• Social life: does your kid get out and spend time with good friends often enough? Healthy social interactions can keep you break the downward spiral of negative thoughts.
  • Responsibility: if you have nothing in your life that is your responsibility and of which you can take ownership, minor depression can quickly develop into feelings of worthlessness. It’s important for everyone to feel that they have a role to play and that they would be missed.

Depression is sometimes a physical condition that doesn’t respond to normal methods like those above. Antidepressants can help in extreme cases, but alternative medicine usually has fewer side effects and can sometimes yield very good results.

 

At the moment, dealing with a two-year-old, I look forward to the day when I can have an intelligent conversation with my own child. I look forward to being able to start having a friendship with my child, to trusting her, to learning things from her, to watching her mind grow and develop as she becomes a woman.

I know it can be hard to share a house–and especially a kitchen–with another woman, and this is probably part of why so many mothers struggle with their teenage daughters. And I know it’s hard to watch a child struggle and learn things the hard way, and that this is what growing up looks like. And I am sure I will have my share of arguments and disagreements with my children as they grow up.

But hopefully this letter will remind me that my children are people and that they want to be treated like people. And that adolescents can be very enjoyable.

Getting Along with Middle Schoolers.

Getting along with your middle schooler

I used to teach 7th and 8th graders, and I loved it. But when I told most people about my job and how much I enjoyed it, they looked at me as though I was insane.

A large percentage of the population seems to think that middle schoolers are about the worst kind of human there is, and that dealing with them on a regular basis is nothing short of torture. Many parents live in dread of their children turning thirteen, and savor the childhood years, assuming, for some reason, that parenting will be miserably from that moment on, until, perhaps, grandchildren show up on the scene several years later.

But I think that middle schoolers are wonderful, and that the reason so many people have difficulty with them is that they don’t understand how to deal with them. In my experience—though I must admit I don’t have middle schoolers of my own yet—middle schoolers want three things, and if you give them those three things, the majority of them will be happy and cooperative.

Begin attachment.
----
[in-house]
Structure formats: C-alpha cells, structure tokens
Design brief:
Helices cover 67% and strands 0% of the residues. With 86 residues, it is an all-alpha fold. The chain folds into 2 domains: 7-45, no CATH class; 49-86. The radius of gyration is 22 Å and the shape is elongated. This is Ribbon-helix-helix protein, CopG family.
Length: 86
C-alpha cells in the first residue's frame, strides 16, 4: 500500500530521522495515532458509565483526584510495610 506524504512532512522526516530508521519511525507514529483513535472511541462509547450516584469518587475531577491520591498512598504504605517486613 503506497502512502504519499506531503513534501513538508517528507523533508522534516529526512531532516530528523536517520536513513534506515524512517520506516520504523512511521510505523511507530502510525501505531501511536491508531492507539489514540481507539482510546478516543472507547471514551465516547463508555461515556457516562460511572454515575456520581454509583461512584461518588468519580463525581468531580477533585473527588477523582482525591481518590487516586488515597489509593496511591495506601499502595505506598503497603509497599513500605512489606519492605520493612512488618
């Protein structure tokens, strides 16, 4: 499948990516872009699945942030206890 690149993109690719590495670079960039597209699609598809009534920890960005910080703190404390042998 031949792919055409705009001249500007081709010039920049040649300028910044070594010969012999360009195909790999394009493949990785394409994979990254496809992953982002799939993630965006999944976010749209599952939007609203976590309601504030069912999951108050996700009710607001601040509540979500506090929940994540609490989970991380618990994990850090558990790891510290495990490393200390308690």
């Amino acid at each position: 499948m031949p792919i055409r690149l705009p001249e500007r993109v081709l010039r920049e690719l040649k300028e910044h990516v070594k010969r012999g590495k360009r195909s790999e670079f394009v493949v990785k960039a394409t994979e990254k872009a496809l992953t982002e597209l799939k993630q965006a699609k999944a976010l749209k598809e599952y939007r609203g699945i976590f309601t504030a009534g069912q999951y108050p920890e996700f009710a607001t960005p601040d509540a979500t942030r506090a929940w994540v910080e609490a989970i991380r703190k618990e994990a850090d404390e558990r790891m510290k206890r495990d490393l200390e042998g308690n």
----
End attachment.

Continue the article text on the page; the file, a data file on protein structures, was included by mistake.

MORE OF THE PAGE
Respect

Middle schoolers, like most humans want respect more than almost anything else. We don’t usually have a lot of difficulty giving fellow adults respect. We are used to thinking of them as people like us who have similar wants and desires. The trouble with middle schoolers, is that they are developing adults, who are only partially grown up, and only have the beginnings of the qualities we automatically respect in fellow adults.

The trouble is that while middle school aged children often seem to have the self-control of children, they are as touchy about their dignity as an adult would be—more so in fact, because they have so little to base their sense of self-worth on as yet. This would be hard enough to deal with, but when you add to that the fact that it is often hard to remember that your children are growing up and that they aren’t your helpless babies anymore, you get a hopeless mess.

In my experience, what middle schoolers want is to be treated like human beings. They want to be recognized as no longer children. Many civilizations had special coming of age ceremonies for children who of about 12. Psychologically, this makes a lot of sense. 12 year olds have minds of their own, and want to be talked to as though their ideas mattered.

I was always very careful not to call my students “children.” I tried to call them students, or boys and girls, ladies and gentlemen, or any other age-neutral term. By listening to their ideas and thoughts as though they mattered, just as I would to a fellow sdult, I not only modeled respectful behavior, but bolstered their self-esteem.

And when I treated them as if they were somewhat grown up, this gave me the right to expect more grown-up behavior from them, which further bolstered their self-esteem.

Responsibility

While many adults try to avoid responsibility, middle schoolers, in my experience, rarely do. They understand that responsibility is related to growing up, and that if they are entrusted with responsibility, this is an honor. At this age, they need to be given more and more autonomy, but they also need strong limits. Giving them responsibilities will fulfill both these needs.

If they have responsibilities that they understand and have accepted, they will accept correction for failing to do them better than they will accept correction for breaking rules which they see as arbitrary and pointless.